Years of austerity coupled with low interest rates have resulted in record levels of personal debt. In October 2019, during those halcyon days before any of us had heard of Covid-19, there was already concern amongst debt charities and StepChange estimated that over 3-million people had fallen behind on an essential household debt in that 12-month period. Fast forward a few months, and we find ourselves in a situation none of us could ever have predicted. 

The International Labour Organisation  (ILO) claims ‘The Covid-19 pandemic has created the worst economic crisis since the Great Depression’. Unprecedented numbers of people have had their income cut due to furlough, or unemployment, and while families across the country battle to cope with the economic shock of the crisis, it is inevitable that for many, the struggle to meet their financial commitments will only become more difficult.  

Poorer areas, less well equipped to deal with the impact of a pandemic, have fared the worst and experienced significant hardship. Public Health England announced infection rates were 2 to 4 times higher in Local Authorities with large low-income populations compared to more affluent parts of the country. Identified as being especially vulnerable was the North of England.  The Institute for Public Policy Research  found the number of people in the North of England claiming unemployment benefit has risen to 657,900. The highest level since 1994 with women and younger workers bearing the brunt.

To make matters worse this is unfolding at a time when, according to The Money Charity, the total amount of personal debt in the UK at the end of October 2020 was higher than ever at £1,688.5 billion. Credit card debt averaged £2,177 per household and £1,145 per adult. Whilst a study by money.co.uk, found that the average British adult ended 2020 with £9,246 worth of total debt.

This comes amid rising concerns that unregulated Buy Now Pay Later (BNPL) credit companies – which target online customers with offers of easy credit at the point of checkout – are leading younger people into unsustainable levels of debt.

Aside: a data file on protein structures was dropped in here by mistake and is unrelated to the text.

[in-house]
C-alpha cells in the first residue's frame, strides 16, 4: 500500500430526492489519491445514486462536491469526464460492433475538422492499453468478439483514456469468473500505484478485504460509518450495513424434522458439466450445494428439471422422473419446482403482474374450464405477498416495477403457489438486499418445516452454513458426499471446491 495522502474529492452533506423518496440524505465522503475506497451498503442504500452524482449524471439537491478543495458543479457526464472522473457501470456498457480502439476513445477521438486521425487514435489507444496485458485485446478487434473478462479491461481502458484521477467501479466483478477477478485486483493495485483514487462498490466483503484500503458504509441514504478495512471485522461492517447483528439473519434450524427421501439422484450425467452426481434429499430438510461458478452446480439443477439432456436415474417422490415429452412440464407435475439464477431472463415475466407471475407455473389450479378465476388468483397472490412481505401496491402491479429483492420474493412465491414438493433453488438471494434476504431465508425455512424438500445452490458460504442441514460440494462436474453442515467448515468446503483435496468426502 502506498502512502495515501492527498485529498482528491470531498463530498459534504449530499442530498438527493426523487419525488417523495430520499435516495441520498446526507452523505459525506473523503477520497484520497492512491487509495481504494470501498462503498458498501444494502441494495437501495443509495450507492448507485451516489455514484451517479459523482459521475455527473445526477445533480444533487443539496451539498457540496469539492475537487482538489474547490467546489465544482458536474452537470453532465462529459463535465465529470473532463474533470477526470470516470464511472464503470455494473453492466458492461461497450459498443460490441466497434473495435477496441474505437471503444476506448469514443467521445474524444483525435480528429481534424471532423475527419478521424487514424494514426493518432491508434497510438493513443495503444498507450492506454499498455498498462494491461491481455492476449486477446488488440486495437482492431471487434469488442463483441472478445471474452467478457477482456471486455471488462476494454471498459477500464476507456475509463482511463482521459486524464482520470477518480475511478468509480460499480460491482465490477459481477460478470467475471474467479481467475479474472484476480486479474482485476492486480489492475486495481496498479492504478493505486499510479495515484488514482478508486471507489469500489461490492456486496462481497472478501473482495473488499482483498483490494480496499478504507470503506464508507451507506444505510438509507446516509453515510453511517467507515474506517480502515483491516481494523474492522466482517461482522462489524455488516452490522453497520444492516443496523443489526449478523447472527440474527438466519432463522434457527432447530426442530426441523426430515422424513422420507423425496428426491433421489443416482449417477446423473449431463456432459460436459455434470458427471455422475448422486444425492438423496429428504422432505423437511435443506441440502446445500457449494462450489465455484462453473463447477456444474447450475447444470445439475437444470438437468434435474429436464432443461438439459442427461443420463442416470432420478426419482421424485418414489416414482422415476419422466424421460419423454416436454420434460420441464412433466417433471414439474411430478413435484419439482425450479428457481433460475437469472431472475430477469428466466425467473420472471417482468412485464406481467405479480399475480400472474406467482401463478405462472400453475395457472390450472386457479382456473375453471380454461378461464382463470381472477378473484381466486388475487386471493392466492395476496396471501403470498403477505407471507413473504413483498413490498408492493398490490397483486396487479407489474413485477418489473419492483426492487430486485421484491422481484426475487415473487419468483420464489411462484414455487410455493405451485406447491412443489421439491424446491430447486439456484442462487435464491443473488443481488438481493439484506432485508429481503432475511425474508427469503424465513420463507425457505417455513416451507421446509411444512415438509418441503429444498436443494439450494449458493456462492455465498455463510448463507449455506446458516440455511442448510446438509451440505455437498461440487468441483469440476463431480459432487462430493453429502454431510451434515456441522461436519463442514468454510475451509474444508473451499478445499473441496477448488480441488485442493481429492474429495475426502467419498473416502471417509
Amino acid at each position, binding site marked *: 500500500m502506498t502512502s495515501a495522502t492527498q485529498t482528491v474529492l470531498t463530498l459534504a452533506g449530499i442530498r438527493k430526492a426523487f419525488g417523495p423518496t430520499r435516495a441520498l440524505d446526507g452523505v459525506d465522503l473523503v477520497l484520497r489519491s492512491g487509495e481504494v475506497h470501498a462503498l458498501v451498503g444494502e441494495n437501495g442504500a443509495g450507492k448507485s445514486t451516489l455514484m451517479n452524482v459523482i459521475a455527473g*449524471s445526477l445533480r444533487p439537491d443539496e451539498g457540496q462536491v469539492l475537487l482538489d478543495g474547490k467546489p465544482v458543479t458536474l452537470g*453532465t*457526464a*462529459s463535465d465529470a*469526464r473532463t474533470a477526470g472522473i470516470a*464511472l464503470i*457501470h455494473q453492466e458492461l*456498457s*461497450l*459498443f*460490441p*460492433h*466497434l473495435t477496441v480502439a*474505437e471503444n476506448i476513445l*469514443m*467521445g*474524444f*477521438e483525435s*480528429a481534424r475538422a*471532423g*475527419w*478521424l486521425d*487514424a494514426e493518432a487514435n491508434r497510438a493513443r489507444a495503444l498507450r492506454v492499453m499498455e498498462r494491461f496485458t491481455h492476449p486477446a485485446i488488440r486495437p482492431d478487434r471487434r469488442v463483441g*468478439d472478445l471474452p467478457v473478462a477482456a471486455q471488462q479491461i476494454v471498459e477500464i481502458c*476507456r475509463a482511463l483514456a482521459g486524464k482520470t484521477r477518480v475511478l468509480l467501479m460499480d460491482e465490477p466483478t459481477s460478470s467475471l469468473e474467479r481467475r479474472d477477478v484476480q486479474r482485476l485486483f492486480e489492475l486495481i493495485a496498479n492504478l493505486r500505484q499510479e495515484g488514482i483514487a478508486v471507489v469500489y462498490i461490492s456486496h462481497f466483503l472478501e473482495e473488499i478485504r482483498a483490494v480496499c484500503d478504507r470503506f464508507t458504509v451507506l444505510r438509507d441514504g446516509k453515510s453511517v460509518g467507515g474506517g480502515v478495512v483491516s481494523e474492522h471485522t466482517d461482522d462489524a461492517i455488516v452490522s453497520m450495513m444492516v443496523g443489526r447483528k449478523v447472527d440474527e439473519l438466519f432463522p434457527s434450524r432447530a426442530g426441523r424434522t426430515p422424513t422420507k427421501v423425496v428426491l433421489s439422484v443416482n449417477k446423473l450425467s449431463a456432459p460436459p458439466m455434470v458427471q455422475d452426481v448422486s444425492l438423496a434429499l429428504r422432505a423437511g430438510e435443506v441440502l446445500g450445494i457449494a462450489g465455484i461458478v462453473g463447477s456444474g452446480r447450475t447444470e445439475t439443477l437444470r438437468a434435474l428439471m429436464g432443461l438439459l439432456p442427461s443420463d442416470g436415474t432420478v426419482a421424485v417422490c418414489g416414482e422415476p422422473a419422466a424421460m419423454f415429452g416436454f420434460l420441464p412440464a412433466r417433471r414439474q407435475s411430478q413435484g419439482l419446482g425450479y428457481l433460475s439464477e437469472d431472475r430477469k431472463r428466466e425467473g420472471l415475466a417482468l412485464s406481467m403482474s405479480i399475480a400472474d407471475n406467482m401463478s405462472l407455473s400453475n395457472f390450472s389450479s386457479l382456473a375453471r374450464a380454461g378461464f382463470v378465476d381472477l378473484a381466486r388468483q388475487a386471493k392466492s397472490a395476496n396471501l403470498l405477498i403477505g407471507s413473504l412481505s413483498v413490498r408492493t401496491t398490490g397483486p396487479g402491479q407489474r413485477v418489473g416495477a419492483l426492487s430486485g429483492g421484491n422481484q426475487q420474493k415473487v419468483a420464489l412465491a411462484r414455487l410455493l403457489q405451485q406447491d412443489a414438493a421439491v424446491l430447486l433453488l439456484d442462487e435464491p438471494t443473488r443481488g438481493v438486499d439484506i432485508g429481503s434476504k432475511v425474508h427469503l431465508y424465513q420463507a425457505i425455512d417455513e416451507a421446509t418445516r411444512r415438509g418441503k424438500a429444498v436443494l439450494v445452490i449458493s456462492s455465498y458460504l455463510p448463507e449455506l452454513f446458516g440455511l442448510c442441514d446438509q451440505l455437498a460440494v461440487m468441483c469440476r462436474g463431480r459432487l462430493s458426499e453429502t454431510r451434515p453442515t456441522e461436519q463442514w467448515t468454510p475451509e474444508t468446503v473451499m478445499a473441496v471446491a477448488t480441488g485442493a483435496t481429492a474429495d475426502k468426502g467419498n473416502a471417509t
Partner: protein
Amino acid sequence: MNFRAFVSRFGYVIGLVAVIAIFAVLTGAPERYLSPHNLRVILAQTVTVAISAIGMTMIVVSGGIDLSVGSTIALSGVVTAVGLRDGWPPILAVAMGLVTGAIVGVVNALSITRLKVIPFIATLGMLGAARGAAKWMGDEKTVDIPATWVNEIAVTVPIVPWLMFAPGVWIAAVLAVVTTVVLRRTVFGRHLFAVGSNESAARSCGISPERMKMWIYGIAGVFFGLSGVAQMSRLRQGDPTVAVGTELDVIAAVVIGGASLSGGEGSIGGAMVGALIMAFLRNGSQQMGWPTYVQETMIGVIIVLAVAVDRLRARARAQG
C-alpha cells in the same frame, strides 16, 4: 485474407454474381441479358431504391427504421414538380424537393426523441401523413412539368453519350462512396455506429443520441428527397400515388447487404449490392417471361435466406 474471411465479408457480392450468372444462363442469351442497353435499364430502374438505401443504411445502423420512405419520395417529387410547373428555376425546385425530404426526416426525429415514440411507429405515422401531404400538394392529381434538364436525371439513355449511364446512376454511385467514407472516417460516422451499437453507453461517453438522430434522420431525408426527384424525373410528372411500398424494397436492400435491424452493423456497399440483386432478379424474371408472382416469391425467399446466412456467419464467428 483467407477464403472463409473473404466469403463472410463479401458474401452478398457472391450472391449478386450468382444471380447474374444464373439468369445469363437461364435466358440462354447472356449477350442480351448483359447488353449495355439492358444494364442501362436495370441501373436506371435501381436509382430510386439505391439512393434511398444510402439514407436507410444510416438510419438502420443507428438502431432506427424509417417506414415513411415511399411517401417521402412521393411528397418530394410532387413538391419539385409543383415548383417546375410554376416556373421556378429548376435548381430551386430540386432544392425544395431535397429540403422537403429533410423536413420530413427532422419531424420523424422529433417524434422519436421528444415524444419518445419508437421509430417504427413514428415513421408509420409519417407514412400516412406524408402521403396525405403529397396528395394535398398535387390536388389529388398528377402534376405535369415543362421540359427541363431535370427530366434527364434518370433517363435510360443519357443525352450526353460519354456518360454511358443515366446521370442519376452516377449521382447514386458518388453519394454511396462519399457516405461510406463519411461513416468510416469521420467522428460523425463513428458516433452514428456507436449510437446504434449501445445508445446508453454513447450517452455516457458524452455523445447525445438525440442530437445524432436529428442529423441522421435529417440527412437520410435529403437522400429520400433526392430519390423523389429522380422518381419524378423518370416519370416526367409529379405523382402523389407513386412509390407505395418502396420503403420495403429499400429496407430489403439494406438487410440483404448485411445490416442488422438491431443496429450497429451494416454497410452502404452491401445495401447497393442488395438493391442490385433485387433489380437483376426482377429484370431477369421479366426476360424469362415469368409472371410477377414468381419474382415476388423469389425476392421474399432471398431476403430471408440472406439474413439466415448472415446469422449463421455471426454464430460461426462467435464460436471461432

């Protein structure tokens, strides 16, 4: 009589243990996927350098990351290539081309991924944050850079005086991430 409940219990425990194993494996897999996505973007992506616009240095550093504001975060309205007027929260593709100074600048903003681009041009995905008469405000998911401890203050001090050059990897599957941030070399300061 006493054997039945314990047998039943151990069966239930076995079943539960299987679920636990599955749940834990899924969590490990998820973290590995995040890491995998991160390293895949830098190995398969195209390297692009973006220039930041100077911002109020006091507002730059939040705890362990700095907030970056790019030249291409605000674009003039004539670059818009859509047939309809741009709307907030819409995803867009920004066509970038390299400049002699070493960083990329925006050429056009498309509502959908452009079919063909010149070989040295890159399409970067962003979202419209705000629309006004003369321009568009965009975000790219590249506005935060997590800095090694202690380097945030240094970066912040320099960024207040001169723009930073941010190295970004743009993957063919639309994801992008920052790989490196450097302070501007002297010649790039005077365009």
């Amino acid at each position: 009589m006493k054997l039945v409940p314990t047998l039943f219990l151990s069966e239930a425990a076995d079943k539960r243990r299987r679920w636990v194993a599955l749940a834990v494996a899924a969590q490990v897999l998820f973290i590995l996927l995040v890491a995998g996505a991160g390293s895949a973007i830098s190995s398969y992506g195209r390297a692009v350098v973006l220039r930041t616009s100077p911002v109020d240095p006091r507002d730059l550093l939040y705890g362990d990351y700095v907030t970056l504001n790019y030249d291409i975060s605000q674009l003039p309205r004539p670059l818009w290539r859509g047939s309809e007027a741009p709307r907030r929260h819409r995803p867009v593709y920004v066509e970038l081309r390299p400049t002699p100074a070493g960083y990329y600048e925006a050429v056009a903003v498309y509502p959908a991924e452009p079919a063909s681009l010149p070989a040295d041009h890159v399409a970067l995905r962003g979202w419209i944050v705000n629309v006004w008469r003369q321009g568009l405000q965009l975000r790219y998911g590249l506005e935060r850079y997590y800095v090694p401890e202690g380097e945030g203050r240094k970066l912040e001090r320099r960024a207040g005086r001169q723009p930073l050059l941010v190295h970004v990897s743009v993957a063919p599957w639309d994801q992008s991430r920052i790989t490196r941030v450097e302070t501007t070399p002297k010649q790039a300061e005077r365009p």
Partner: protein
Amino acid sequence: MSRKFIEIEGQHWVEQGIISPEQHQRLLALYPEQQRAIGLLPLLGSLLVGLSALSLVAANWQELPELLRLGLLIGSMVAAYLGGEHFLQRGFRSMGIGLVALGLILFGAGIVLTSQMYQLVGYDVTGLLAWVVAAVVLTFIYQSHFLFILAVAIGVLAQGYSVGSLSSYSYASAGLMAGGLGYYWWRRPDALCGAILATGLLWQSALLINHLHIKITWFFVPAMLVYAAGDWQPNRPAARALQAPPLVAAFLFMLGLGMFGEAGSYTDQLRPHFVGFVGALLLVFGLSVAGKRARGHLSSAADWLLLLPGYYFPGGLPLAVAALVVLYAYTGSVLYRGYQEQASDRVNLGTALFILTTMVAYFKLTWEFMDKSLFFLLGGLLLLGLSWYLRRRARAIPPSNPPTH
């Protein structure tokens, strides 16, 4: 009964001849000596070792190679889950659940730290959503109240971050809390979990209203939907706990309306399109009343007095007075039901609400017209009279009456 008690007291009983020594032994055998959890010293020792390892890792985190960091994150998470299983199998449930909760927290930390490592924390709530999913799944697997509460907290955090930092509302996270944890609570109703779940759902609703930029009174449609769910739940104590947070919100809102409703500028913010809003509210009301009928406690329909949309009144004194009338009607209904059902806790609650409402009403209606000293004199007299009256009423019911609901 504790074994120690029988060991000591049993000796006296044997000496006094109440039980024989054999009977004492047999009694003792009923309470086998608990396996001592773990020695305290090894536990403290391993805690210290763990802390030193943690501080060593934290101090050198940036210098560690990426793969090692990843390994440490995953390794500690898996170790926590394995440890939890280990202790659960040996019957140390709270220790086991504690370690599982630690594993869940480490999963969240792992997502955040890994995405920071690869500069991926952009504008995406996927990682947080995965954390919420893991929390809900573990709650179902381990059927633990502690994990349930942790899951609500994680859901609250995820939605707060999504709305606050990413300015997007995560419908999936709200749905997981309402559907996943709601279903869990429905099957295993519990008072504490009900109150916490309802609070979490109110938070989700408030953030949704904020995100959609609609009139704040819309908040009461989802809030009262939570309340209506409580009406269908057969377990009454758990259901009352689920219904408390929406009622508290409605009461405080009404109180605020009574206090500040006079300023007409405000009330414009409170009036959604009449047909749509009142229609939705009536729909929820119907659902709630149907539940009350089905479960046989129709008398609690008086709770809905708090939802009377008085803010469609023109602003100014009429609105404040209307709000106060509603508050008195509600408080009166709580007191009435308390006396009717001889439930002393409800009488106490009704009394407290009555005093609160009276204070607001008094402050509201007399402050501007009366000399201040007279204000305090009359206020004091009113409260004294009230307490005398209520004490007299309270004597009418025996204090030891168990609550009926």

With more of us shopping online than ever before these companies have seen a surge in growth throughout 2020 and whilst they claim not to be directing their campaigns at younger people who are likely to already be struggling to make ends meet, inevitably it will be these people who find the offers of easy credit most difficult to refuse. 

Your Money reports that over the festive period, Christmas shoppers ran up a record breaking £2.3 billion of BNPL debt and almost half of those customers were under 35years old. Worryingly, the North East was one of just three areas which together accounted for the majority of BNPL consumers in this period. 

The debt charity StepChange which provides free, expert, debt help, and advice recommends that anyone who is experiencing debt issues should seek advice as soon as possible. The following organisations are all impartial and can help you with your financial recovery:

StepChange Debt Charity 0800 138 1111

National Debtline 0808 808 4000

Money Advice Service 0800 138 7777

Citizens Advice 0800 144 8848 (England only.)

If your finances have been impacted by Covid-19 you have until 31 March 2021 to ask your creditor for a six-month payment deferral.


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